I need help with learning how to smooth wood - Woodworking Talk - Woodworkers Forum
Thread Tools Display Modes
post #1 of 6 Old 12-25-2014, 12:08 PM Thread Starter
Junior Member
Join Date: Aug 2009
Location: Central MS
Posts: 12
View jjhearn's Photo Album My Photos
I need help with learning how to smooth wood

I am very new to wood working. I have yet to produce anything yet, because I don't know how to properly sand or plane something to an adequate finish.

I can't afford an actual planer yet, and not sure how far I will go into this so I don't want to buy something I may not ever use. Would I be better off buying a nice electric sander or some sort of electric handheld planer?

Any ideas? Or can someone point me to where I can read personal experiences with them?


jjhearn is offline  
Sponsored Links
post #2 of 6 Old 12-25-2014, 12:19 PM
Senior Member
Join Date: Sep 2011
Posts: 25,995
View Steve Neul's Photo Album My Photos
A hand held electric plane is really intended to trim the edge of a door. It's not very well suited to surface the face of a board. I think you would be better off getting a belt sander and learn how to use it. It's one of those things that takes a bit of practice. It's real easy to make grooves or dents in the wood if you don't keep it flat on the wood and keep the sander moving around. Still even with experience it is likely to make very minor dents in the wood so after belt sanding it's important to thoroughly sand the wood with a random orbital sander. The belt sander just removes the mill marks from surfacing and minor chip out places and the orbital sander does the finish sanding.
Steve Neul is offline  
post #3 of 6 Old 12-25-2014, 12:21 PM
Senior Member
Join Date: Feb 2011
Location: Saxonburg
Posts: 246
View gmcsmoke's Photo Album My Photos
well you don't need a planer per say if you buy s4s lumber unless you're changing the dimensions from what you bought. you can buy several hand planes for the cost of one lunch box planer all of which do just an equal job.

Sanding is what it is, tedious, but it's less time consuming with a random orbital sander which you can pick up for $50 or so.
gmcsmoke is offline  
Sponsored Links
post #4 of 6 Old 12-25-2014, 04:22 PM
Senior Member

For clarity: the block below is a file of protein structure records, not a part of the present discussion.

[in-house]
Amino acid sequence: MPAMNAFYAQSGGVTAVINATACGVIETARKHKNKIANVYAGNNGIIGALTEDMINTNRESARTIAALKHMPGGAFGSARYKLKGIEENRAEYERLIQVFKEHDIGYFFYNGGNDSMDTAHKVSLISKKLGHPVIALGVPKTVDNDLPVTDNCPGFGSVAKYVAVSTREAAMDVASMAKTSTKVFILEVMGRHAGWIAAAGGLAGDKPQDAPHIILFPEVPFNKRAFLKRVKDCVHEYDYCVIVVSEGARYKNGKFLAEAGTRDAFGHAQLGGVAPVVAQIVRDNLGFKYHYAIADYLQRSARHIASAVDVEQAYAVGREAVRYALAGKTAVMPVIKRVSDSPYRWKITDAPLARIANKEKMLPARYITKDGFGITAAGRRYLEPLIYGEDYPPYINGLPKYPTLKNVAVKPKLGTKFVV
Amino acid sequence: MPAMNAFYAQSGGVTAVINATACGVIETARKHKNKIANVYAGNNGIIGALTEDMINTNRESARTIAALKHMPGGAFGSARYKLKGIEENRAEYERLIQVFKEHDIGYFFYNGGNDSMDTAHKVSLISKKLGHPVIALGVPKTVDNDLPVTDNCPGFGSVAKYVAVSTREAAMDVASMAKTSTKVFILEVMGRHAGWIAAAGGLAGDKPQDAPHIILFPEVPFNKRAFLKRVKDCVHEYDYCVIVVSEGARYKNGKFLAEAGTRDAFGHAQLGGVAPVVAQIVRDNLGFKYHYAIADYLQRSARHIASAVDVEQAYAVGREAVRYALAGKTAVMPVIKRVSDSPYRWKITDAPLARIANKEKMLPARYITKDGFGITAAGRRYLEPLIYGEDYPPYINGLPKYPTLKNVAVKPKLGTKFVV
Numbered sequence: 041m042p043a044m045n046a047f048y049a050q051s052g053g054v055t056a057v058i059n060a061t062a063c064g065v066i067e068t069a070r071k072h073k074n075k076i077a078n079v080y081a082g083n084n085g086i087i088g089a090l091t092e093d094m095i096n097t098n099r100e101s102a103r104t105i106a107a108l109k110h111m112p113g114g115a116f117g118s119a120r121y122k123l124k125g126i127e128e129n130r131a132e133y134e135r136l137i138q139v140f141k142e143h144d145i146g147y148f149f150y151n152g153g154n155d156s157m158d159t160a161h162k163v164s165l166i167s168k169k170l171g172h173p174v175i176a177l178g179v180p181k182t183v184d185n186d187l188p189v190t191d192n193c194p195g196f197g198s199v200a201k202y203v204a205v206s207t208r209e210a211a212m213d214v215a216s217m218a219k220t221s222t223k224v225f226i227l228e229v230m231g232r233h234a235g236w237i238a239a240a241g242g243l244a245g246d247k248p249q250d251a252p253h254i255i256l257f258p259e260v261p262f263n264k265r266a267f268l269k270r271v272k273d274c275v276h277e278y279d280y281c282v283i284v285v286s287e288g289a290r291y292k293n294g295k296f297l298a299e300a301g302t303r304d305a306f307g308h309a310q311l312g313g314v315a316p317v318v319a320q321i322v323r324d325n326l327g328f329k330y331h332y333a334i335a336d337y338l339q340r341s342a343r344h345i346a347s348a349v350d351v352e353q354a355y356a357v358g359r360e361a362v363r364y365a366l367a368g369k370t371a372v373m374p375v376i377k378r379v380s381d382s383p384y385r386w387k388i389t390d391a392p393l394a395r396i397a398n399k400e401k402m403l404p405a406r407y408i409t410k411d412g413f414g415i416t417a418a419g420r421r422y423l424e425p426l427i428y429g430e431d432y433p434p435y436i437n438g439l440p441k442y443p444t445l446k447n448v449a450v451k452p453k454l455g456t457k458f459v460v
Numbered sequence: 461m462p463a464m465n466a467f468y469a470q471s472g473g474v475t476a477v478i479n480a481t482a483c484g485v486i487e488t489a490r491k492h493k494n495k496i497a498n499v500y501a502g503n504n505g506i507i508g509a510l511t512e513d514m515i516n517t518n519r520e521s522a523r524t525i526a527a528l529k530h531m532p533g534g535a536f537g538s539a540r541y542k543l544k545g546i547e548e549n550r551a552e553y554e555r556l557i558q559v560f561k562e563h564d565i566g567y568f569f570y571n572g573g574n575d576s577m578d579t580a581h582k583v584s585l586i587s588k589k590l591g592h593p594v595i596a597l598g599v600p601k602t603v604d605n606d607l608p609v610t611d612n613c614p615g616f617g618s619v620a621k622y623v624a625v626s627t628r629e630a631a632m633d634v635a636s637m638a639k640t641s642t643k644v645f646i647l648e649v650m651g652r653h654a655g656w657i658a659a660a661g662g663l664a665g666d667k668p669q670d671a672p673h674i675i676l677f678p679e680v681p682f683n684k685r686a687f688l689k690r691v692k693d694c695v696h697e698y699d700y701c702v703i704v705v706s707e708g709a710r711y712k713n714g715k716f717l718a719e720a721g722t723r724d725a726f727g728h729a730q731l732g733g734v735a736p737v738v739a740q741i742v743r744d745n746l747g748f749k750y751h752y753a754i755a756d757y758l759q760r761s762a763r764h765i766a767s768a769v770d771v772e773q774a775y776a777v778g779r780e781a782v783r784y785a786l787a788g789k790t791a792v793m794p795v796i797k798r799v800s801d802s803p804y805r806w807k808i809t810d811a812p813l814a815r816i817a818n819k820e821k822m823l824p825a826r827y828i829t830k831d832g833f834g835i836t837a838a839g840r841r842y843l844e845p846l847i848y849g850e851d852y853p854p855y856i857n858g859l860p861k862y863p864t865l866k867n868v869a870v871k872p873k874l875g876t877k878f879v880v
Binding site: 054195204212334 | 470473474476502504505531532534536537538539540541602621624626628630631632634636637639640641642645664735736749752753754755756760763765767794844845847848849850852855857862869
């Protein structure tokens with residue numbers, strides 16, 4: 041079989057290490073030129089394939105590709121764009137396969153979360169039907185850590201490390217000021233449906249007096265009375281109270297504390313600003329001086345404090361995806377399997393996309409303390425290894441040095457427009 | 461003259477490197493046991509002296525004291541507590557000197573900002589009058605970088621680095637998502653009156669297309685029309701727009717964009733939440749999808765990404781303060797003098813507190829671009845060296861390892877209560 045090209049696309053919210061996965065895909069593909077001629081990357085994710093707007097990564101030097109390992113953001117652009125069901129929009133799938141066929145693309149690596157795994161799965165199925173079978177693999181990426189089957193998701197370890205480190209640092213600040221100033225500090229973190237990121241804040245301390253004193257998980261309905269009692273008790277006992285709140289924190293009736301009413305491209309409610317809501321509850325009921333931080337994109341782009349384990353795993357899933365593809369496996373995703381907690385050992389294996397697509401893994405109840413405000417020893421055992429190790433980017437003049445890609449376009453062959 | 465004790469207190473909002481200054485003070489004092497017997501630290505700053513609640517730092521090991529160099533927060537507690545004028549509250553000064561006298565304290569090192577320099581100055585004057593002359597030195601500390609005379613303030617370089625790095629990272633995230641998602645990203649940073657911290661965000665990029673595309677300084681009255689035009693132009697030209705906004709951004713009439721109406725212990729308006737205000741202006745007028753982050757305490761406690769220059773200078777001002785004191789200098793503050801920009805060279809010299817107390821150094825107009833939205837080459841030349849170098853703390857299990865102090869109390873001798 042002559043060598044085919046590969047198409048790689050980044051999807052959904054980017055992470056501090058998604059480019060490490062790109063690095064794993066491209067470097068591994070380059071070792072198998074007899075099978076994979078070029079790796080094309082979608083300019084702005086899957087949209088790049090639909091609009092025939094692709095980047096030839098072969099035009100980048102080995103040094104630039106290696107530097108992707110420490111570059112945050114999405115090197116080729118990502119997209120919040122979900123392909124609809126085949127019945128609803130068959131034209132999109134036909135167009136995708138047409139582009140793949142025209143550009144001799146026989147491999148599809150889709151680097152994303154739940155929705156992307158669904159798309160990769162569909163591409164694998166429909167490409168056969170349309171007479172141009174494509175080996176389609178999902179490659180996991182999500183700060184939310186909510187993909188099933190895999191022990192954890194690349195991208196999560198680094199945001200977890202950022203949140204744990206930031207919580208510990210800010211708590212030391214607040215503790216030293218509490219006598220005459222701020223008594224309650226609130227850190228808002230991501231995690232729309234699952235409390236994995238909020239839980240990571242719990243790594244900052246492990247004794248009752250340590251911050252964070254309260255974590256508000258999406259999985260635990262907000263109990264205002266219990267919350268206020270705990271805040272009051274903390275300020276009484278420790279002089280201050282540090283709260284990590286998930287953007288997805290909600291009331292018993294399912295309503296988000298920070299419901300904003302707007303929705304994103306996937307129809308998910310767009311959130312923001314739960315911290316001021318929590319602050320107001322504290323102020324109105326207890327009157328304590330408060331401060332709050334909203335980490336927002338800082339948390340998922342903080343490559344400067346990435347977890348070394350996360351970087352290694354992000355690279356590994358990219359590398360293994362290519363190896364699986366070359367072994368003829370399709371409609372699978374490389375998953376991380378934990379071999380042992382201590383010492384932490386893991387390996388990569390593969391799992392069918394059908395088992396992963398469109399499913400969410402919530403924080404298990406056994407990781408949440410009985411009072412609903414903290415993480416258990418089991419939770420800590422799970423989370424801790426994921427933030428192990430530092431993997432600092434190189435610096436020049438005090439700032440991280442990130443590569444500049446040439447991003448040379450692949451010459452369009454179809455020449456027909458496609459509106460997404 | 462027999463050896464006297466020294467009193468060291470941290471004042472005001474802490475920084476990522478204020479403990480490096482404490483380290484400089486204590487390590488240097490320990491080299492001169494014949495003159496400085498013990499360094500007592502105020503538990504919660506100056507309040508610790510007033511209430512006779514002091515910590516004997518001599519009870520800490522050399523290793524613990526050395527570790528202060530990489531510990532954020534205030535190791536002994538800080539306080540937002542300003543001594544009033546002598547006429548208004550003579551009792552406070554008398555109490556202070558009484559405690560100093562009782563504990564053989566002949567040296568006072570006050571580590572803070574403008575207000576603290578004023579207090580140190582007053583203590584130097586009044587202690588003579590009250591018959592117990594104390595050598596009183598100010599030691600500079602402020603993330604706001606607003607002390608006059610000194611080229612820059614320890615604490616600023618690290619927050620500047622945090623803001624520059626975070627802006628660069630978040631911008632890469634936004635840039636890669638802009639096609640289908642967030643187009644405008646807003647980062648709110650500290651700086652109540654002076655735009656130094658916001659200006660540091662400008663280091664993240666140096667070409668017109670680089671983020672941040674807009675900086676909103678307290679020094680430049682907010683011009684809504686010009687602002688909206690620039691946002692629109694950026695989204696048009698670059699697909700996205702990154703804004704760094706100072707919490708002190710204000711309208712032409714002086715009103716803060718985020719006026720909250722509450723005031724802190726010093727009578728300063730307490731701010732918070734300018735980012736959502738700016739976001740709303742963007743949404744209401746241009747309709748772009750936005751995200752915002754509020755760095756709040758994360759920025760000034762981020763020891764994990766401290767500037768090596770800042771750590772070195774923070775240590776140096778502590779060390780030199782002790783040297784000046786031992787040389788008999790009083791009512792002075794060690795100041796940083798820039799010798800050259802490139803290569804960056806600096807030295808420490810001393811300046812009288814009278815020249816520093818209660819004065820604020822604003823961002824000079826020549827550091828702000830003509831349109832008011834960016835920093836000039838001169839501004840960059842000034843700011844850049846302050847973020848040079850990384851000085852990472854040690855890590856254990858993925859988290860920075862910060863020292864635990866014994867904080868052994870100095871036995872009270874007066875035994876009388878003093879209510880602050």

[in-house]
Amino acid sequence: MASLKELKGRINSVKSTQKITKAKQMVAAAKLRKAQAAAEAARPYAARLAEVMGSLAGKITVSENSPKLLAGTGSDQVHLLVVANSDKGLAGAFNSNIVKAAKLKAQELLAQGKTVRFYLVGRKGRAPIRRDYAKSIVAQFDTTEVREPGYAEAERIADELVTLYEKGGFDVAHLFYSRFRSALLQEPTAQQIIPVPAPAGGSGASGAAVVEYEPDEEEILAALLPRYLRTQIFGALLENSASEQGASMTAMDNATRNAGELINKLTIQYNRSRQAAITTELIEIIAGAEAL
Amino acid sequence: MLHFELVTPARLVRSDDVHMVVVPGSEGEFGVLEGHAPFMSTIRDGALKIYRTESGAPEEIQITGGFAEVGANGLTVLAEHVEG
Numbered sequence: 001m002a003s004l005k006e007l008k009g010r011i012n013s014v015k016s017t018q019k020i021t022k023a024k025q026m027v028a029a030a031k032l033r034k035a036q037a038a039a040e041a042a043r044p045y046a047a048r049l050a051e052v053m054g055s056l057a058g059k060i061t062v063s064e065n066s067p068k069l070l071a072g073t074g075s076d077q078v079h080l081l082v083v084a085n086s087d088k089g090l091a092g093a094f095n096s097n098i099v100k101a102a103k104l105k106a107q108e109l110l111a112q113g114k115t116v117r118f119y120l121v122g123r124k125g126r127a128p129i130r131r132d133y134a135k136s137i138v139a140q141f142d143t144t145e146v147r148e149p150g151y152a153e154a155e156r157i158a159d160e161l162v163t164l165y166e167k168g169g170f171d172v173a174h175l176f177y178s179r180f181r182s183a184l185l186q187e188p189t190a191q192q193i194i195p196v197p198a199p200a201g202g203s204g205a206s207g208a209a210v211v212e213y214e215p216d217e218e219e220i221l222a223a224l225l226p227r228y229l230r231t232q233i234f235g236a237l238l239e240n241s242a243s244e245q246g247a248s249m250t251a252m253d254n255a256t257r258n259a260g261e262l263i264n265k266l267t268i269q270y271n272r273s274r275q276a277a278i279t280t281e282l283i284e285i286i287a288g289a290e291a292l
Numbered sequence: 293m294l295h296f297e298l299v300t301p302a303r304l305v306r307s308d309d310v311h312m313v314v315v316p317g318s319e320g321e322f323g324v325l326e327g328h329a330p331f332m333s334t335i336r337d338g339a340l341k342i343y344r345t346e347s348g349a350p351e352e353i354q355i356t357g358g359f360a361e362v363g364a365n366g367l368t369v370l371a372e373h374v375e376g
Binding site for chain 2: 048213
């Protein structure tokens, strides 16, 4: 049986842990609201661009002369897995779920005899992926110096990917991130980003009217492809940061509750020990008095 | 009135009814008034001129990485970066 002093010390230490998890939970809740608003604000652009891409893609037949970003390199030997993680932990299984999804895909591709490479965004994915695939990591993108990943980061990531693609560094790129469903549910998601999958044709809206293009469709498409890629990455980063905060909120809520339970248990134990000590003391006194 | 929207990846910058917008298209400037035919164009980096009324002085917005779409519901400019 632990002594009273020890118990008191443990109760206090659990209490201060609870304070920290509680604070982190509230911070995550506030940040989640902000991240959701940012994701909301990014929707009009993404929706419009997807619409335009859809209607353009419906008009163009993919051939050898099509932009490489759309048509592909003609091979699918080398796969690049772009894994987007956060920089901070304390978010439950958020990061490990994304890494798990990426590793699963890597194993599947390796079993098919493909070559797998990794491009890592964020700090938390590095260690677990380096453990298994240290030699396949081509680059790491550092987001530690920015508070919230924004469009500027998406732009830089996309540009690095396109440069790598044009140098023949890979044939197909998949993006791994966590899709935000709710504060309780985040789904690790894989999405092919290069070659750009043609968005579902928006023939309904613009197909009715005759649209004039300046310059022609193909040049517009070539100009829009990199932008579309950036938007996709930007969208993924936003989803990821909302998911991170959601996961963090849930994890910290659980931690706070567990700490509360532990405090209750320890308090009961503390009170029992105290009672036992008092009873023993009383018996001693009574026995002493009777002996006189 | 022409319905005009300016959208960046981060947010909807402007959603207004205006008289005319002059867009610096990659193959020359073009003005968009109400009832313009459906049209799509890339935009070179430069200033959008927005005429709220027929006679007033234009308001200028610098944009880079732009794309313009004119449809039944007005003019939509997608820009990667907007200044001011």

MT Stringer's Avatar
Join Date: Jul 2009
Location: Channelview, Tx
Posts: 2,644
View MT Stringer's Photo Album My Photos
IF you are going to buy your boards at a lumber yard that are S4S (surfacd 4 sides), a random orbital sander and a few different grits will help. A progression of 80 ->120->150 grit will help make a smooth finish. It depends on what kind of lumber you buy.

Search You Tube for videos. Should be a lot to watch.

Good luck.
MT Stringer is offline  
post #5 of 6 Old 12-25-2014, 05:53 PM
where's my table saw?
woodnthings's Avatar
Join Date: Jan 2009
Location: SE, Michigan
Posts: 27,157
View woodnthings's Photo Album My Photos
get some hand planes

When starting out it is best to learn how to work the wood using a few hand tools. Hand planes come in different lengths and sizes. Block planes are the smallest and most handy for beveling edges and working small areas. The next size up are smoothing planes, about 10" to 12" long. Next up are jack planes, about 14" long and finally jointer planes, about 20" long.

Boards are rarely perfectly smooth, flat, square and straight. Some have curves in the length, some have cupped surfaces and others are twisted along the length.

Each type of warp requires a different plane and approach. You'll need to learn to "read the surface and edges" by sighting down the length. You can also set 2 identical sticks of equal length and thickness on opposing ends of the board and look down to see if they are parallel. If not, the board has twist.

You best way to learn the processes of woodworking is to watch You Tube videos by Woodwhisper, thintz, Woodworking Guild of America, Gary Katz, etc.Here's a sample:



The answer to your question will only be as detailed and specific as the question is detailed and specific. Good questions also include a sketch or a photo that illustrates your issue. (:< D)

Last edited by woodnthings; 12-25-2014 at 06:02 PM.
woodnthings is online now  
post #6 of 6 Old 12-25-2014, 06:09 PM
Senior Member
hwebb99's Avatar
Join Date: Nov 2012
Posts: 2,883
View hwebb99's Photo Album My Photos
A good card scrapper would do a good job If your wood is pretty smooth to start with. Best part they are only about $10.
hwebb99 is offline  

Quick Reply

Register Now

In order to be able to post messages on the Woodworking Talk - Woodworkers Forum forums, you must first register.
Please enter your desired user name, your email address and other required details in the form below.

User Name:
Please enter a password for your user account. Note that passwords are case-sensitive.


Confirm Password:
Email Address
Please enter a valid email address for yourself.

Email Address:


Thread Tools
Show Printable Version Show Printable Version
Email this Page Email this Page
Display Modes
Linear Mode Linear Mode

Similar Threads
Thread Thread Starter Forum Replies Last Post
How to get a smooth edge Jordan1989 General Woodworking Discussion 14 07-11-2014 11:28 AM
Learning wood Microtus General Woodworking Discussion 7 06-22-2014 11:12 AM
not so smooth MacWood Wood Finishing 6 08-09-2013 11:45 PM
smooth curves Mechtec SketchUp Help Forum 12 04-06-2013 02:04 PM
Rough to smooth sawdustfactory Hand Tools 9 06-24-2012 04:16 PM

Posting Rules  
You may post new threads
You may post replies
You may not post attachments
You may not edit your posts

BB code is On
Smilies are On
[IMG] code is On
HTML code is Off
Trackbacks are Off
Pingbacks are Off
Refbacks are Off

For the best viewing experience please update your browser to Google Chrome